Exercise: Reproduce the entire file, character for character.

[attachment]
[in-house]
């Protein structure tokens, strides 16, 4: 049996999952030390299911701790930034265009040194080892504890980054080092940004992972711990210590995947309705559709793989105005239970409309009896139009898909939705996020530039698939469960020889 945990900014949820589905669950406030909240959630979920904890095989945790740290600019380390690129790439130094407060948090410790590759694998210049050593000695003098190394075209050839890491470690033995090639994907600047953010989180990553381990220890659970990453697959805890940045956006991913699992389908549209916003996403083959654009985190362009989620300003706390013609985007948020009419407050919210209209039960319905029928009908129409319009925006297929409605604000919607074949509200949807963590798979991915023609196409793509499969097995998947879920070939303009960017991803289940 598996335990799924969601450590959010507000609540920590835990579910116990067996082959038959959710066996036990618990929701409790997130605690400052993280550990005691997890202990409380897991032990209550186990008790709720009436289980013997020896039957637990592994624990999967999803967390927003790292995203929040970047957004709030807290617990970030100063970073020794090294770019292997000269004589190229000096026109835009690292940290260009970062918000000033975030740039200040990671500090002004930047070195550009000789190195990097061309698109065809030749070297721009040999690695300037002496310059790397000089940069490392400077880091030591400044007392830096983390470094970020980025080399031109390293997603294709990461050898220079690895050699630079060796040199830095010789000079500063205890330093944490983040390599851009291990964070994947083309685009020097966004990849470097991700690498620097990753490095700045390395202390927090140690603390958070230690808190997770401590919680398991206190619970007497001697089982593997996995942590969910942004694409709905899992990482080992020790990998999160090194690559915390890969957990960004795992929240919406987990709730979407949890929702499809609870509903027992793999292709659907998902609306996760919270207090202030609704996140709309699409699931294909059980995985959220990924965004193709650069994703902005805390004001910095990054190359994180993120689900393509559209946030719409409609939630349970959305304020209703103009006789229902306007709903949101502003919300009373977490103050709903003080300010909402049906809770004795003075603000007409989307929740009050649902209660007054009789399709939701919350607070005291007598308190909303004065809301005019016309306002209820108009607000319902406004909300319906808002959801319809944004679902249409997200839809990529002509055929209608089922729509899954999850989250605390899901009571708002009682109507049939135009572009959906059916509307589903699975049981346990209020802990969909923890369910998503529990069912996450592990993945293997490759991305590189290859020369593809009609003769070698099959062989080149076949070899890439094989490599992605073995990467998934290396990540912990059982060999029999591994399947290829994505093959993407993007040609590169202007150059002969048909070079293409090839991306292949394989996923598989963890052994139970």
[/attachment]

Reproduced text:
[in-house]
């Protein structure tokens, strides 16, 4: 049996999952030390299911701790930034265009040194080892504890980054080092940004992972711990210590995947309705559709793989105005239970409309009896139009898909939705996020530039698939469960020889 945990900014949820589905669950406030909240959630979920904890095989945790740290600019380390690129790439130094407060948090410790590759694998210049050593000695003098190394075209050839890491470690033995090639994907600047953010989180990553381990220890659970990453697959805890940045956006991913699992389908549209916003996403083959654009985190362009989620300003706390013609985007948020009419407050919210209209039960319905029928009908129409319009925006297929409605604000919607074949509200949807963590798979991915023609196409793509499969097995998947879920070939303009960017991803289940 598996335990799924969601450590959010507000609540920590835990579910116990067996082959038959959710066996036990618990929701409790997130605690400052993280550990005691997890202990409380897991032990209550186990008790709720009436289980013997020896039957637990592994624990999967999803967390927003790292995203929040970047957004709030807290617990970030100063970073020794090294770019292997000269004589190229000096026109835009690292940290260009970062918000000033975030740039200040990671500090002004930047070195550009000789190195990097061309698109065809030749070297721009040999690695300037002496310059790397000089940069490392400077880091030591400044007392830096983390470094970020980025080399031109390293997603294709990461050898220079690895050699630079060796040199830095010789000079500063205890330093944490983040390599851009291990964070994947083309685009020097966004990849470097991700690498620097990753490095700045390395202390927090140690603390958070230690808190997770401590919680398991206190619970007497001697089982593997996995942590969910942004694409709905899992990482080992020790990998999160090194690559915390890969957990960004795992929240919406987990709730979407949890929702499809609870509903027992793999292709659907998902609306996760919270207090202030609704996140709309699409699931294909059980995985959220990924965004193709650069994703902005805390004001910095990054190359994180993120689900393509559209946030719409409609939630349970959305304020209703103009006789229902306007709903949101502003919300009373977490103050709903003080300010909402049906809770004795003075603000007409989307929740009050649902209660007054009789399709939701919350607070005291007598308190909303004065809301005019016309306002209820108009607000319902406004909300319906808002959801319809944004679902249409997200839809990529002509055929209608089922729509899954999850989250605390899901009571708002009682109507049939135009572009959906059916509307589903699975049981346990209020802990969909923890369910998503529990069912996450592990993945293997490759991305590189290859020369593809009609003769070698099959062989080149076949070899890439094989490599992605073995990467998934290396990540912990059982060999029999591994399947290829994505093959993407993007040609590169202007150059002969048909070079293409090839991306292949394989996923598989963890052994139970």